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1st September 2016

PRAISE for the work of those making a real difference to internationally recognised uplands loved by millions of people has come from the chief executive of the Campaign for National Parks (CNP).

Speaking after a visit to Spaunton in the North York Moors, Fiona Howie said it had been fantastic to hear from moor owner George Winn-Darley and his keeper about decades of work to remove bracken, allowing beautiful purple heather to return.

She added: “As the majority of moorland is privately owned, land managers play a critical role in maintaining places like the North York Moors.

“It was useful to hear more about the economic challenges of managing such substantial tracts of land and their approach, which supports both businesses and the biodiversity of the area.”

The Moorland Association (MA) members manage nearly 240,000 hectares of precious uplands in the National Parks – 42 percent of their combined area.

As part of the Big Conversation on National Parks, in which CNP is seeking views on how to make them even better, Fiona was invited to see the impact of work being done by moorland managers.

She explained that although she has visited moorland before, and talked to people about the challenges of managing the uplands, it was the first time she had the chance to better understand the situation from a shooting interests’ perspective.

“We want our National Parks to be beautiful – they are striking landscapes but we also want them to be rich in cultural heritage and biodiversity,” she said.  “It was really positive to hear how careful management is helping rare bird species breed on the moors.”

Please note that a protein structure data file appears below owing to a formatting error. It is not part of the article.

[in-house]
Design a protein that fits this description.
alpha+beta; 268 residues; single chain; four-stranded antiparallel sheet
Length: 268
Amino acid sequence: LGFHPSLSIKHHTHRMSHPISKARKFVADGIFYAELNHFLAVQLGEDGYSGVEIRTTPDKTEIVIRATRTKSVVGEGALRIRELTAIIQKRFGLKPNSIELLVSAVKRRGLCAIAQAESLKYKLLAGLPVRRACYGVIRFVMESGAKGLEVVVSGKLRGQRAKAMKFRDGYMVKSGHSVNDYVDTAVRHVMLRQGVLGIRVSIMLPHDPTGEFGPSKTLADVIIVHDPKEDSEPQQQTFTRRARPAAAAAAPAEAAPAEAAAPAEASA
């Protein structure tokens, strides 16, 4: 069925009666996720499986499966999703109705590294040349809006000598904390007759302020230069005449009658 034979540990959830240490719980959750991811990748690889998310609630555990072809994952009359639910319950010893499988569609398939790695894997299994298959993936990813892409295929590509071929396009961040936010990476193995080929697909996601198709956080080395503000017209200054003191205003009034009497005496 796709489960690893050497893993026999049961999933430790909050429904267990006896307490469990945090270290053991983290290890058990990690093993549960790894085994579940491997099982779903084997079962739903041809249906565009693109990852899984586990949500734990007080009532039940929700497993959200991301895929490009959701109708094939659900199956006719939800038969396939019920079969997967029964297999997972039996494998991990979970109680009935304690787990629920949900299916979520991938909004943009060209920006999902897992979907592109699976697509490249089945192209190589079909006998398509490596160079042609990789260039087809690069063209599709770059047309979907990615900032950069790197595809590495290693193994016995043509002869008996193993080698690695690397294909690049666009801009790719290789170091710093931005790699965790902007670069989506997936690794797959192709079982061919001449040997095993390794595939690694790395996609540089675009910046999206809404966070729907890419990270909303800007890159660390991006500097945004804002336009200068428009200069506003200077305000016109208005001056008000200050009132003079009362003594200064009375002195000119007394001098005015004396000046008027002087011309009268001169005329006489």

Spaunton’s healthy curlew, golden plover and green plover populations had successfully fledged and were not to be seen, but Fiona said that witnessing a barn own, kestrel and three merlin had been very special. The estate played host to two merlin nests and eight thriving chicks this season.

She added: “Merlin are on the ‘red list’ of species, meaning despite conservation efforts many people will never get to see one in their natural habitat.

“It was fantastic to see them on Spaunton Moor. If we want to improve bird populations, and in particular reverse past declines for rare and endangered species, it is essential that people work together.”

Spaunton is in-between the two honey pot destinations of Hutton-le-Hole and Rosedale Abbey, which experience high numbers of visitors throughout the year.

North York Moors National Park Authority wants to increase numbers and Fiona said the ‘beautiful, open moors’ was part of the appeal. Protecting and enhancing wildlife was central to the ethos of National Parks, she added.

“My lasting impression was of the beauty of the vibrant purple heather and a useful reminder of the many and varied interests of those who own and manage parts of our National Parks.”

Spaunton Moor owner, George Winn-Darley, said: “I was delighted to show Fiona how we manage a significant area of the North York Moors National Park for grouse shooting, which conserves and enhances the National Park landscape designation.

“Numerous other designations and special features include birds, wildlife, vegetation, archaeology, carbon storage, as well as public access.”

The picture above shows George and Fiona in a sunken grouse butt, designed to blend into the landscape. Photographed below are Moorland Association chairman, Robert Benson, left, with Fiona and Spaunton head keeper George Thompson.

   The picture above shows George and Fiona in a sunken grouse butt, designed to blend into the landscape. Photographed below are Moorland Association chairman, Robert Benson, left, with Fiona and Spaunton head keeper George Thompson.

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Did You Know?

75% of of the world’s remaining heather moorland is found in Britain – but this area declined alarmingly over the latter part of the last century. The Moorland Association was set up in 1986 to coordinate the efforts of moorland owners and managers to halt this loss, particularly in England and Wales.

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